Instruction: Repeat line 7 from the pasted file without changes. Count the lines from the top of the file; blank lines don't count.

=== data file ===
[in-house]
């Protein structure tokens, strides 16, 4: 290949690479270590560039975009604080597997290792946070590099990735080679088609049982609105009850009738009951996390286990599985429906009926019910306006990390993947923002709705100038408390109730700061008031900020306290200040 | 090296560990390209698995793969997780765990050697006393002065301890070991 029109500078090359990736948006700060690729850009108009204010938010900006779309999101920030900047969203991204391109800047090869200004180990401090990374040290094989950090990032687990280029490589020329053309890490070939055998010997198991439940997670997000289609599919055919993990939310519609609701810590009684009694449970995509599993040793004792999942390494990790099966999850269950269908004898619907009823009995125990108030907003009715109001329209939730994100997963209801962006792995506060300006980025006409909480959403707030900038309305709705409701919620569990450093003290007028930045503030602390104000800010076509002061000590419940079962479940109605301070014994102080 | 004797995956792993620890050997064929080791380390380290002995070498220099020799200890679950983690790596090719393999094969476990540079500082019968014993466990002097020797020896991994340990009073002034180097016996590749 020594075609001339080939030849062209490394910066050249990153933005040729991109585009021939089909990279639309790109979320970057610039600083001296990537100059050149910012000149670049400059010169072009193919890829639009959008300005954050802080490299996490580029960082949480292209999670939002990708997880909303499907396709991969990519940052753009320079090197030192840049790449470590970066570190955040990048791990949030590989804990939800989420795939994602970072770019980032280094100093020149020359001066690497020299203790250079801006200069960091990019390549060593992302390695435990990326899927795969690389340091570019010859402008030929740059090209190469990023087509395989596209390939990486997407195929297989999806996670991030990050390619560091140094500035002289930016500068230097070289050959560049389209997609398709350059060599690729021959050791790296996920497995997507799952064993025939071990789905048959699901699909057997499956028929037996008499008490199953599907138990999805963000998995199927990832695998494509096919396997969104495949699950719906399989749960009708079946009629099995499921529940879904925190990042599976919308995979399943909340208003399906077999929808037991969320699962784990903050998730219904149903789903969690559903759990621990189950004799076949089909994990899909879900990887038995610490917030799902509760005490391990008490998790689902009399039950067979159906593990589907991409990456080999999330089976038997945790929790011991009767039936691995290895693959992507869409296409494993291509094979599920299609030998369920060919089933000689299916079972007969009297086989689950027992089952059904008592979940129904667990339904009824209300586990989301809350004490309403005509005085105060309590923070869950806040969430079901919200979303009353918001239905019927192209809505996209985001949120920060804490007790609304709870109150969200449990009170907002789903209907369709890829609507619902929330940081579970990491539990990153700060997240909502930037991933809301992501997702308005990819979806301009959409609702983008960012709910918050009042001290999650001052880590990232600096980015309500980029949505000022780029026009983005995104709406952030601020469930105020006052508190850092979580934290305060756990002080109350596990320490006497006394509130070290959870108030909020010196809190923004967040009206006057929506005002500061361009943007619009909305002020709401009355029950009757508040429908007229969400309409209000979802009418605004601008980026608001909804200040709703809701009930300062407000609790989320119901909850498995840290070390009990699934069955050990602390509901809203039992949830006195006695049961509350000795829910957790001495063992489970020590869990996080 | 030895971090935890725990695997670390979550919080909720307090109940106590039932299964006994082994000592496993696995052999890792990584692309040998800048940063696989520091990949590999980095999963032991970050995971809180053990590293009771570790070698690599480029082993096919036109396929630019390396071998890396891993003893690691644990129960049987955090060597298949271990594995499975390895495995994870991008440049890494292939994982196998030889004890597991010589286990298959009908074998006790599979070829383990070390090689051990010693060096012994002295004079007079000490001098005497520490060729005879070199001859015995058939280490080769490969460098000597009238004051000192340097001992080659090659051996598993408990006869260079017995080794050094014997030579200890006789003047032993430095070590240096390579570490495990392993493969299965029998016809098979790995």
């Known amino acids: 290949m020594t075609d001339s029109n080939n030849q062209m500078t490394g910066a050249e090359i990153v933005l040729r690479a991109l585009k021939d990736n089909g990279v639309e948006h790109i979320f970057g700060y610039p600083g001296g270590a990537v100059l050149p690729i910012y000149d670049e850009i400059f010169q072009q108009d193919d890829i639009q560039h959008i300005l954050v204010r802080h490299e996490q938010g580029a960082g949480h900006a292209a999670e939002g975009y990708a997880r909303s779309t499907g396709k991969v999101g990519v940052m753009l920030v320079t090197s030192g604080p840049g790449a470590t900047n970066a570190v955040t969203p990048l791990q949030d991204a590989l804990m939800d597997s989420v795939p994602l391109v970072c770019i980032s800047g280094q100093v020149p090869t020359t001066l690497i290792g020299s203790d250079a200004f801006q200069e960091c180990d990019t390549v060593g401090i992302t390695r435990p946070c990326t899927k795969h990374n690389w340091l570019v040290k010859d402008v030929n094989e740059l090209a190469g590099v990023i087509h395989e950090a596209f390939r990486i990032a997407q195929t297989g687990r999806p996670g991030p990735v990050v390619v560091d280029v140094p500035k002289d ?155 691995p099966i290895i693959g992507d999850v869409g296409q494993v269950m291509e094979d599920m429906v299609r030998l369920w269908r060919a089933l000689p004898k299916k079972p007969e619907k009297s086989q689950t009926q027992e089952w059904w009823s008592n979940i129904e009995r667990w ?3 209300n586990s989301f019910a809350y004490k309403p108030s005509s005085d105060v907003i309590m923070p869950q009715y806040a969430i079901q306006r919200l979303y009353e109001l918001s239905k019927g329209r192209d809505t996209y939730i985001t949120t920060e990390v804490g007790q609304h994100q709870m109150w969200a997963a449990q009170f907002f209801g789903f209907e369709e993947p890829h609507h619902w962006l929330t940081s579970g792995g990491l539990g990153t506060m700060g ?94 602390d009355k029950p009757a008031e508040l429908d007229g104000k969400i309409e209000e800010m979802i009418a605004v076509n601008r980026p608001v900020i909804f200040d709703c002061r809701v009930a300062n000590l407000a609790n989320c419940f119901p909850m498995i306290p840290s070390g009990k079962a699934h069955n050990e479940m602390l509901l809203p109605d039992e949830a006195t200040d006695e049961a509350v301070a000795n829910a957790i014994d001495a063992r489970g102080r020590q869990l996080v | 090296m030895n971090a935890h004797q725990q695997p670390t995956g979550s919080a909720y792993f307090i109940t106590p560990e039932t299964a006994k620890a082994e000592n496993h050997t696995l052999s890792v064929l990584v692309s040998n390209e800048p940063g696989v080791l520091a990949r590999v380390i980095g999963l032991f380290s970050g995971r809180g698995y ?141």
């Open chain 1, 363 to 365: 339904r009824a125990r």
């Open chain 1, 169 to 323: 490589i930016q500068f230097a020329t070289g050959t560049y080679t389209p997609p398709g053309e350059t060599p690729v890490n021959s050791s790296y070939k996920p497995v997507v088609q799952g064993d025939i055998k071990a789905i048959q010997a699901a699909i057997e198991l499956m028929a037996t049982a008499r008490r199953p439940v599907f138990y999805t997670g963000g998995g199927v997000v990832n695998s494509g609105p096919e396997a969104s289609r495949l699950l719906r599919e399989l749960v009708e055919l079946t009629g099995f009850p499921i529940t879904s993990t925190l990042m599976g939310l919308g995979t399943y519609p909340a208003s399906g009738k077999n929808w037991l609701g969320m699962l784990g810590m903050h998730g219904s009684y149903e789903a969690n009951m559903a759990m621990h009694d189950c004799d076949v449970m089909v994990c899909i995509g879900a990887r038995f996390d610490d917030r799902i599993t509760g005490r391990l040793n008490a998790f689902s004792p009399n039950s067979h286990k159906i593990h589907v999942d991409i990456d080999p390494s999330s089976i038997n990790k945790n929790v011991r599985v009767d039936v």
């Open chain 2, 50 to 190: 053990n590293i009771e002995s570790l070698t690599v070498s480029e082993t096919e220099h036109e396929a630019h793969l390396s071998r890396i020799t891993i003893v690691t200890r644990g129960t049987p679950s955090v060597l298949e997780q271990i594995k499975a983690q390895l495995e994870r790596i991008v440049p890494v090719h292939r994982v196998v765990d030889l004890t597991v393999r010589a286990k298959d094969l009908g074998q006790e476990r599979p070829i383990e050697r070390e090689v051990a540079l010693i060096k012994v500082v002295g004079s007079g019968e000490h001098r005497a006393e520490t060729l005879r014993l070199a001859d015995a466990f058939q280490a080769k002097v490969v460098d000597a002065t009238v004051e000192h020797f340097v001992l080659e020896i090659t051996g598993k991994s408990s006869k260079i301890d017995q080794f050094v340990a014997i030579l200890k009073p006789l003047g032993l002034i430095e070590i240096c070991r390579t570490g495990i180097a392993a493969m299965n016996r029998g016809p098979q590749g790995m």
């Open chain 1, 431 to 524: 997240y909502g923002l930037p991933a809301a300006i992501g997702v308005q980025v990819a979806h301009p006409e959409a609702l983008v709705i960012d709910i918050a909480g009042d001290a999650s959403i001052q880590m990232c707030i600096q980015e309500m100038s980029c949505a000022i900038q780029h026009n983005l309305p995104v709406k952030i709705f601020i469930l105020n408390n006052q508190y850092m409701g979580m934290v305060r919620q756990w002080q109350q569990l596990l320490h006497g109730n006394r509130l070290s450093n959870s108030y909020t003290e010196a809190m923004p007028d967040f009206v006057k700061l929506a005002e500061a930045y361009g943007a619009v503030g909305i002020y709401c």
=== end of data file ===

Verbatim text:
């Open chain 1, 431 to 524: 997240y909502g923002l930037p991933a809301a300006i992501g997702v308005q980025v990819a979806h301009p006409e959409a609702l983008v709705i960012d709910i918050a909480g009042d001290a999650s959403i001052q880590m990232c707030i600096q980015e309500m100038s980029c949505a000022i900038q780029h026009n983005l309305p995104v709406k952030i709705f601020i469930l105020n408390n006052q508190y850092m409701g979580m934290v305060r919620q756990w002080q109350q569990l596990l320490h006497g109730n006394r509130l070290s450093n959870s108030y909020t003290e010196a809190m923004p007028d967040f009206v006057k700061l929506a005002e500061a930045y361009g943007a619009v503030g909305i002020y709401c």